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Andrew has been pulled into an international storm over the last year due to his association with convicted sex offender Jeffrey Epstein. The two men are thought to have become friends in around 1999, and were pictured together on a number of occasions over the next decade. Epstein was first convicted in 2008 and served 13 months for sexual offences.
He was then arrested again in July last year on charges relating to sex trafficking, but killed himself in jail before his trial.
Andrew has denied any knowledge of Epstein’s crimes with Buckingham Palace’s support ever since Epstein’s arrest.
He also decided to confront public speculation head-on with a BBC Newsnight interview last November.
However, it was dubbed a car-crash and the widespread public backlash forced the royal to step down from his public duties “for the foreseeable future”.
He explained that his connection to Epstein “has become a major disruption to my family’s work”, and that he continued to “unequivocally regret my ill-judged association” with him.
While the Duke of York has managed to duck out of the spotlight for the last year, it remains unclear how he is funding his lifestyle after taking early retirement.
Some reports claim he was stripped of his annual income of £250,000 from the taxpayer-funded Sovereign Grant, which is used to support working royals in their duties.
Yet, he is still allegedly funded by the Privy Purse, which is primarily financed through the Queen’s Duchy of Lancaster estate and is seen as the sovereign’s private income.
Author of the 2020 book, ‘Andrew, Epstein and the Palace’, Nigel Cawthorne told Express.co.uk that the Duke of York should consider handing this money back to the Palace.
Mr Cawthorne claimed: “Returning the grant from the Privy Purse would be the first logical step in resolving the ‘Epstein Affair’ that has dogged the Palace and the prince since 2011.”
The Privy Purse is used to “meet official expenditure incurred by Her Majesty and other members of the Royal Family which is not met by the Sovereign Grant”.
It is a historical term used to describe the Queen’s private income and is largely used to meet official expenditure.
Mr Cawthorne remarked: “The prince, however, has not had any official expenses for a year and should be asked to return the full amount to the Privy Purse so that it can be used by active royals.”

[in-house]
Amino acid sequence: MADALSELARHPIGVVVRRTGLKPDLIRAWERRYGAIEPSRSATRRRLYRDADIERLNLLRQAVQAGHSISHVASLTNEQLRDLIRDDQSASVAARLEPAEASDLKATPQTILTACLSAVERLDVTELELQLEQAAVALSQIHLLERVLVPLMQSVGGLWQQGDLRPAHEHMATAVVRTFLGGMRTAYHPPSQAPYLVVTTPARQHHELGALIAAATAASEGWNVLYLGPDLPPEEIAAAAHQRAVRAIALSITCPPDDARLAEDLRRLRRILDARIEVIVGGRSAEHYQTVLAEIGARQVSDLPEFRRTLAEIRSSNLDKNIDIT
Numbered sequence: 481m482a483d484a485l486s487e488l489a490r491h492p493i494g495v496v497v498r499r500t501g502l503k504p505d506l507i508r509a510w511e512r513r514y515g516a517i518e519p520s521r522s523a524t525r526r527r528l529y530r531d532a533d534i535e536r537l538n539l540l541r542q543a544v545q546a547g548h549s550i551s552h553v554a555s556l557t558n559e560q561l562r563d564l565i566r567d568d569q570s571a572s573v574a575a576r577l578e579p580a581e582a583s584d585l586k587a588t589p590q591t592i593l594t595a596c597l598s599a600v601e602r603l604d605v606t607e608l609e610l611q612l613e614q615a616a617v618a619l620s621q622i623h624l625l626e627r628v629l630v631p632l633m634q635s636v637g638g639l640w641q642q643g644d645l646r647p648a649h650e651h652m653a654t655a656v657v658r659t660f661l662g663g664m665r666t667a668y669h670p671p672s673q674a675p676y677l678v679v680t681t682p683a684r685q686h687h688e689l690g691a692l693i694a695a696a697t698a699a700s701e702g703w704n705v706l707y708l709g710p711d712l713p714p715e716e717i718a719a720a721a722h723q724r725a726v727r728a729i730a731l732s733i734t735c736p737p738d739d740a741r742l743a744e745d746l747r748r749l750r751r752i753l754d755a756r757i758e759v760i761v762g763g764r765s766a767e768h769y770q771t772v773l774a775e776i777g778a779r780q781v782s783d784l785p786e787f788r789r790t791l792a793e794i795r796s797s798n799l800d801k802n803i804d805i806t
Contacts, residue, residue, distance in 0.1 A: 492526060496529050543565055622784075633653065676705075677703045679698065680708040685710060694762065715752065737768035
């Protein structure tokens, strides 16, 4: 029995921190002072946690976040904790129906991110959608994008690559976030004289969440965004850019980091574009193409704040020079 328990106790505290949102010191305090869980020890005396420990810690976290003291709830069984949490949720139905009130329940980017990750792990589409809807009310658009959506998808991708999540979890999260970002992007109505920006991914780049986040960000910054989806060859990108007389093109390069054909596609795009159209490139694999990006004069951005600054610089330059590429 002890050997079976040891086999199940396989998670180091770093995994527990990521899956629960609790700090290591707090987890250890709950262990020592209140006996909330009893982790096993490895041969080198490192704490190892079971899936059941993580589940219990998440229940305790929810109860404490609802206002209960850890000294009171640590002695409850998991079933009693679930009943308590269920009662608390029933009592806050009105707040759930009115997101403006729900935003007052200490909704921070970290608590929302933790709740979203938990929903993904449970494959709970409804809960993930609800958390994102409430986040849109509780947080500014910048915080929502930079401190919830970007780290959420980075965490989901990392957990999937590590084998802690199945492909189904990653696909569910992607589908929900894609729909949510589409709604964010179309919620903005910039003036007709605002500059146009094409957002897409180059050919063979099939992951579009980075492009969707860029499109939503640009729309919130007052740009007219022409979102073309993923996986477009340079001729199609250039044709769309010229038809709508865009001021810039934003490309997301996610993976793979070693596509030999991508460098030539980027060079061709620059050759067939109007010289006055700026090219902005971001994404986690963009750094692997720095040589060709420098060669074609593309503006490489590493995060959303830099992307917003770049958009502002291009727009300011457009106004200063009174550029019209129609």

Andrew’s association with Epstein has eclipsed his royal career ever since 2011.
He was pictured in New York with the convicted sex offender after his release from prison, leading the public to question their friendship.
The Duke of York had to step down as the UK’s trade envoy after he faced severe criticism for continuing their association despite Epstein’s conviction.
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Outside of his royal funding, Andrew’s naval pension is believed to be around £20,000 per year — he served for 22 years.
However, this is still far from meeting the expenses he racks up, for he is known for his extravagant lifestyle and living like a millionaire with properties in both Windsor and Verbier.
Just before Andrew stepped down, royal author David McClure told The Times: “There is a mystery as to what [Andrew] lives on and where his money comes from.
“Andrew’s situation raises the wider issue of the lack of meaningful employment opportunities for middle-ranking royals.
“Traditionally, the armed services have been the port of call for princes like him.
“But he left the Navy at the age of 41 in 2001 and since then he has struggled to find a proper role in life.”
It’s likely Andrew receives income from trust funds set up for the Queen and Prince Philip’s children.
The Sun has claimed Andrew’s net worth is £32million.
Royal commentators have speculated that it’s unlikely the Queen will allow him back into the royal fold any time soon.
‘Prince Andrew, Epstein and the Palace’ by Nigel Cawthorne was published by Gibson Square in 2020 and is available here.
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